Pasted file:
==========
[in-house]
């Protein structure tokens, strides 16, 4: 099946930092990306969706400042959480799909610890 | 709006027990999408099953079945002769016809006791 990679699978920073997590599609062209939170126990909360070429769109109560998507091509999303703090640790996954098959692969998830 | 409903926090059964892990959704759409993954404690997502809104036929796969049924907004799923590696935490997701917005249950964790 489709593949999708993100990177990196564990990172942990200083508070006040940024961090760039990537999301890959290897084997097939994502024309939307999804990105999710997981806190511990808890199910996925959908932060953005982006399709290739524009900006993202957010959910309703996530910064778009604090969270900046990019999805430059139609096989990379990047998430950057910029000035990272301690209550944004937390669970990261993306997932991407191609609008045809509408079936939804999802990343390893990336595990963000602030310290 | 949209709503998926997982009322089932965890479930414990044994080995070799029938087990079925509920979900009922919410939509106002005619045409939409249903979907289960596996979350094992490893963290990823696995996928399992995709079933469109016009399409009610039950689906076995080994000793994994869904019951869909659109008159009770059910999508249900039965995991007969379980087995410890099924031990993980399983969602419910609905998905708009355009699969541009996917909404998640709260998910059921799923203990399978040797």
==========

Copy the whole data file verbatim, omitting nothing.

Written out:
[in-house]
């Protein structure tokens, strides 16, 4: 099946930092990306969706400042959480799909610890 | 709006027990999408099953079945002769016809006791 990679699978920073997590599609062209939170126990909360070429769109109560998507091509999303703090640790996954098959692969998830 | 409903926090059964892990959704759409993954404690997502809104036929796969049924907004799923590696935490997701917005249950964790 489709593949999708993100990177990196564990990172942990200083508070006040940024961090760039990537999301890959290897084997097939994502024309939307999804990105999710997981806190511990808890199910996925959908932060953005982006399709290739524009900006993202957010959910309703996530910064778009604090969270900046990019999805430059139609096989990379990047998430950057910029000035990272301690209550944004937390669970990261993306997932991407191609609008045809509408079936939804999802990343390893990336595990963000602030310290 | 949209709503998926997982009322089932965890479930414990044994080995070799029938087990079925509920979900009922919410939509106002005619045409939409249903979907289960596996979350094992490893963290990823696995996928399992995709079933469109016009399409009610039950689906076995080994000793994994869904019951869909659109008159009770059910999508249900039965995991007969379980087995410890099924031990993980399983969602419910609905998905708009355009699969541009996917909404998640709260998910059921799923203990399978040797």